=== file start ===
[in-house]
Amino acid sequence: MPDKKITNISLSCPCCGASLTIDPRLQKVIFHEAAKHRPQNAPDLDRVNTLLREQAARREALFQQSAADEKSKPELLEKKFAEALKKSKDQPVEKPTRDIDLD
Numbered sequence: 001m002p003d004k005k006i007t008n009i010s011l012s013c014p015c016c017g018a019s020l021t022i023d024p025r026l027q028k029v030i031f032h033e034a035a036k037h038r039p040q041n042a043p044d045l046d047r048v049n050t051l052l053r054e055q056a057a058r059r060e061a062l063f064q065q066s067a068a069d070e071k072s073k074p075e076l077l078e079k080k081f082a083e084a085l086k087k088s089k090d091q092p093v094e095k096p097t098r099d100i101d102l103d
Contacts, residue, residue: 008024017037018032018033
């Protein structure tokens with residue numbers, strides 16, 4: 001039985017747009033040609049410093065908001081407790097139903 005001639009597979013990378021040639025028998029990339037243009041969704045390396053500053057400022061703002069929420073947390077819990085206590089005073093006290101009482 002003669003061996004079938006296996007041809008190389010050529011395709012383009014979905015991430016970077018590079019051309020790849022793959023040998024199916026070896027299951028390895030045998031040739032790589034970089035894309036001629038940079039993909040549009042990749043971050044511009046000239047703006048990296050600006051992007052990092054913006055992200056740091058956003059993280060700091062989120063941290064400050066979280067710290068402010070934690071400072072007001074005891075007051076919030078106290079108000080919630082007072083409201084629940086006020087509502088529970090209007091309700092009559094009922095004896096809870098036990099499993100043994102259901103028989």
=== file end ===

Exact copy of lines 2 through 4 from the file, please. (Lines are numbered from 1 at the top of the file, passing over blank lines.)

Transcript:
Amino acid sequence: MPDKKITNISLSCPCCGASLTIDPRLQKVIFHEAAKHRPQNAPDLDRVNTLLREQAARREALFQQSAADEKSKPELLEKKFAEALKKSKDQPVEKPTRDIDLD
Numbered sequence: 001m002p003d004k005k006i007t008n009i010s011l012s013c014p015c016c017g018a019s020l021t022i023d024p025r026l027q028k029v030i031f032h033e034a035a036k037h038r039p040q041n042a043p044d045l046d047r048v049n050t051l052l053r054e055q056a057a058r059r060e061a062l063f064q065q066s067a068a069d070e071k072s073k074p075e076l077l078e079k080k081f082a083e084a085l086k087k088s089k090d091q092p093v094e095k096p097t098r099d100i101d102l103d
Contacts, residue, residue: 008024017037018032018033